New York Giants defensive coordinator Wink Martindale was excited. It was near the beginning of training camp, Isaiah Simmons and Boogie Basham weren’t Giants yet and Tre Hawkins was a sixth-round pick expected to be a backup, but Martindale was imagining the possibilities with a defense that — on paper — looked deeper and faster than the Giants’ 2022 defense.
Martindale said he believes “every year” that he will run a top-tier defense. He clearly expected the 2023 Giants defense to be better than the 2022 unit that was 25th in yards, 17th in points and 31st in rushing yards per attempt allowed.
“I think that we can be excited about it and like I said, it’s going to be fun to watch,” he said. “I think that the biggest thing you will see is the difference in our speed and as soon as we can catch the execution up with the speed, like I said, it’s going to be fun for you guys to watch and for our city to watch and our fans to watch.”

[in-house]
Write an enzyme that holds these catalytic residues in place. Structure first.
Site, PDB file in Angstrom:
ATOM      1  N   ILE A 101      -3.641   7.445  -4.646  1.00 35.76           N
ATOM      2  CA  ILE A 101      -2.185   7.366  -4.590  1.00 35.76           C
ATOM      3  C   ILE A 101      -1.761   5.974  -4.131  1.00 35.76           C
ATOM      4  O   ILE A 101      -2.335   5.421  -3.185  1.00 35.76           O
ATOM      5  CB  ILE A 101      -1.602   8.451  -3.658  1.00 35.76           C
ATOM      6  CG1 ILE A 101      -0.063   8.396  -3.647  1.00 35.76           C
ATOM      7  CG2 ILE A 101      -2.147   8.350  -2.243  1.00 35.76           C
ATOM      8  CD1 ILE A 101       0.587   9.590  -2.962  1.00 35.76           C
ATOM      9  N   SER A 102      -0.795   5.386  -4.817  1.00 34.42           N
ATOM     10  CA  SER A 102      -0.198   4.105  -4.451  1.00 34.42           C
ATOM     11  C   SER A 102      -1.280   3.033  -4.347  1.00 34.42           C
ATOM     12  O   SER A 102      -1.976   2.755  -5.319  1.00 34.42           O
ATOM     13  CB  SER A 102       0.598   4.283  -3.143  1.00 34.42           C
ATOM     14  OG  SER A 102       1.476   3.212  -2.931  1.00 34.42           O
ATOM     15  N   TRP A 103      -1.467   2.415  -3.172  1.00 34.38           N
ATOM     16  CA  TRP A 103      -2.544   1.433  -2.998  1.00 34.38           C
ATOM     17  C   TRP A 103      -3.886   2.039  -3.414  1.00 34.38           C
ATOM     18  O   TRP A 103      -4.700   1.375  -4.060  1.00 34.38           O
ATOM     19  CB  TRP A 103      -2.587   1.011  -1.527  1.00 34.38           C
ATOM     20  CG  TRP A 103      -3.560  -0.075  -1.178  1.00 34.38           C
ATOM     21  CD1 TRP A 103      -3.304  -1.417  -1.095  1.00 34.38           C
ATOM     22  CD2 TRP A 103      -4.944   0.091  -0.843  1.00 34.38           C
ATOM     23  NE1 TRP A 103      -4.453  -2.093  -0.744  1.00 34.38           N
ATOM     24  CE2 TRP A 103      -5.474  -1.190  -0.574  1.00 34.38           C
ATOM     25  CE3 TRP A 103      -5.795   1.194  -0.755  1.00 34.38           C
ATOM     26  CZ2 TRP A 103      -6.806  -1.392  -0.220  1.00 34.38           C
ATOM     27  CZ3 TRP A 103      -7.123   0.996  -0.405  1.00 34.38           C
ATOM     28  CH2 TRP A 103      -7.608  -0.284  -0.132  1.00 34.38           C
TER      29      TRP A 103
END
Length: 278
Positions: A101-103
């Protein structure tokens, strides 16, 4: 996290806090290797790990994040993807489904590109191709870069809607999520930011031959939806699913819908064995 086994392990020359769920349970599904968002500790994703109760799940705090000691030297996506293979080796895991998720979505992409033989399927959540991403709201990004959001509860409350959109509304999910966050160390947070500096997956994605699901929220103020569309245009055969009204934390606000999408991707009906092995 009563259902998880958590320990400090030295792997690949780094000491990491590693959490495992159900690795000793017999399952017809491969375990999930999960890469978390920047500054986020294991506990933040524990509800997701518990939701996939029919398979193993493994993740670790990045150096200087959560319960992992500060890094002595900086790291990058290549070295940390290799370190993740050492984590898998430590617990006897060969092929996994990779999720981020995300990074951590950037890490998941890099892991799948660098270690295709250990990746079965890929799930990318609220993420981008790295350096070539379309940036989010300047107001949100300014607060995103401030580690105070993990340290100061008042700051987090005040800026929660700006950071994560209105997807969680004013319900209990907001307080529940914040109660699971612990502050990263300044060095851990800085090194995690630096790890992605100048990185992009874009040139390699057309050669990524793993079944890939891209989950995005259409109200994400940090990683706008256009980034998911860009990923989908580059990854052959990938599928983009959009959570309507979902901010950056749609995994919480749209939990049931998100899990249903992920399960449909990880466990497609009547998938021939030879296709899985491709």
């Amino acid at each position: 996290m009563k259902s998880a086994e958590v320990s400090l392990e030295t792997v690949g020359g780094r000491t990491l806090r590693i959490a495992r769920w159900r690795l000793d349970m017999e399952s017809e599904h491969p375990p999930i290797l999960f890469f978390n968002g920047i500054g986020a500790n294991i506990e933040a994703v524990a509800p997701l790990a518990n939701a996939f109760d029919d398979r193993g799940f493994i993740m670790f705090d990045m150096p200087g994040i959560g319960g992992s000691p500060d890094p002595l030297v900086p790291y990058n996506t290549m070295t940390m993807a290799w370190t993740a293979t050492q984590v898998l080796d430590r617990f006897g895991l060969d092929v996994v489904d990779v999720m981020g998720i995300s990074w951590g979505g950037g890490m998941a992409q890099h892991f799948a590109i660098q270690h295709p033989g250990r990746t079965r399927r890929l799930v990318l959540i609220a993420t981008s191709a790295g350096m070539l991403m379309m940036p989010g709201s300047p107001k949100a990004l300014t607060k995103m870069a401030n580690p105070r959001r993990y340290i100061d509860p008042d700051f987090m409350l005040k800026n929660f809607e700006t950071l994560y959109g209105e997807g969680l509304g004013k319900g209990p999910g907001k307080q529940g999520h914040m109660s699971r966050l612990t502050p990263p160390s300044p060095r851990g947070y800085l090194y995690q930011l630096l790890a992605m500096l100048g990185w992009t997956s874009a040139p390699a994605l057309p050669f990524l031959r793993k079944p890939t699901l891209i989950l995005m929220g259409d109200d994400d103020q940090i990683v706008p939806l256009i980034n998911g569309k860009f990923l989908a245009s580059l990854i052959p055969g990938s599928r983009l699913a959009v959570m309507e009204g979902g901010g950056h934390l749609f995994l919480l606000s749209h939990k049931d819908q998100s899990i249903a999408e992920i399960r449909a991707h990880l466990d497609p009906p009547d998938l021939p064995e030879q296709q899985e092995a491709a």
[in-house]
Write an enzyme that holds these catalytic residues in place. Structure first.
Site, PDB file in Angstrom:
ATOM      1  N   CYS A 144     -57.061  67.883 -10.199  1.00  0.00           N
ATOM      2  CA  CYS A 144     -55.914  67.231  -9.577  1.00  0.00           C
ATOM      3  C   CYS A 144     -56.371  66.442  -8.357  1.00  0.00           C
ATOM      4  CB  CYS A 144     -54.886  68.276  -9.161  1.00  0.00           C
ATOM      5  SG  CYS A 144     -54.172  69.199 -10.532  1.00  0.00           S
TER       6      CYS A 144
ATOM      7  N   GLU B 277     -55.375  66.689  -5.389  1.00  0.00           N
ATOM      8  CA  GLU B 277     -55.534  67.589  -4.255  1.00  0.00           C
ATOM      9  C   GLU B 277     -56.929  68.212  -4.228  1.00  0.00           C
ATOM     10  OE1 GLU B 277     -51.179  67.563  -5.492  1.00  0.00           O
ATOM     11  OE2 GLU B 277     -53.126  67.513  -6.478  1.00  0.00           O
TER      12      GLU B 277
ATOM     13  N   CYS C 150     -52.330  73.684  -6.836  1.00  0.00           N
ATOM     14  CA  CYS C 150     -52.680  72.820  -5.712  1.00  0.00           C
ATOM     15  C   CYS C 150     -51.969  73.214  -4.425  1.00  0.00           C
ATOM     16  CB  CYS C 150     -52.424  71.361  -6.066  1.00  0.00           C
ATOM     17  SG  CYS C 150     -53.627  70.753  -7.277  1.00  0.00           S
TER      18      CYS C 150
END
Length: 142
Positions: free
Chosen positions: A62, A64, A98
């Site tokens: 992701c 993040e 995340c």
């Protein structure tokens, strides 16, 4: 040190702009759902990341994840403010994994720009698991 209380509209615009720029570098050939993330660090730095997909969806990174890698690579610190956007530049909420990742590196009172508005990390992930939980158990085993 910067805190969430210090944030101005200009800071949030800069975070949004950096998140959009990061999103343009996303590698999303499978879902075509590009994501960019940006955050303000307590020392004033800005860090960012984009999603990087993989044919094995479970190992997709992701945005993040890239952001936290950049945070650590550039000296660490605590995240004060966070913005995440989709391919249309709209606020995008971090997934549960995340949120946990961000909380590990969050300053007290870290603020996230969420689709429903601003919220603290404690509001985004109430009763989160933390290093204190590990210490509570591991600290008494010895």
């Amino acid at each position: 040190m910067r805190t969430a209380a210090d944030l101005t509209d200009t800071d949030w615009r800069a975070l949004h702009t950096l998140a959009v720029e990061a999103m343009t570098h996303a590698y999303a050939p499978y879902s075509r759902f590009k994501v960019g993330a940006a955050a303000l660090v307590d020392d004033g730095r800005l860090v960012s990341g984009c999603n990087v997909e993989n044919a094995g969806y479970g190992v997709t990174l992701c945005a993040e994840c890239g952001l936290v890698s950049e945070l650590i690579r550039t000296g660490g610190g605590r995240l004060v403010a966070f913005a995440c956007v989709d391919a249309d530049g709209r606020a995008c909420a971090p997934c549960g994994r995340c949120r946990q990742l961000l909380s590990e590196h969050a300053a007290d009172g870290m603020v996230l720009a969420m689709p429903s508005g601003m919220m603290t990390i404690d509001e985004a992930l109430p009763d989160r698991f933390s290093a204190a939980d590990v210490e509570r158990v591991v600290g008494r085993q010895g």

At the time, Martindale expanded on his reasons for optimism.
“I just think it’s a lot of different things. It’s the second year in the system, you know the players that are coming back. You know them better than you did at this time last year,” Martindale said. “Guys themselves are just working really hard and trying to improve every day. Whether that’s Dex [Dexter Lawrence] or the last guy that we just brought in, whoever that is. I just think that the organizational alignment that we have with Joe [Schoen] and Dabs and the whole staff, the that you’re looking for the traits, the characteristics and all that. We’re all in align and it’s an exciting time right now.”
The defense has been anything but exciting to watch for the first three games. It has, bluntly, been abominable.
Some numbers for the Giants’ defense:
- Last in points allowed per game (32.7)
- 27th in yards per play allowed
- 29th in net yards per pass attempt allowed
- 29th in percentage of drives ending in opponents’ scores
- Last in ‘Expected Points Contributed’ on defense with a -43.5 total
- 26th in third-down conversion percentage
- 30th in sack percentage
- 29th in yards per completion allowed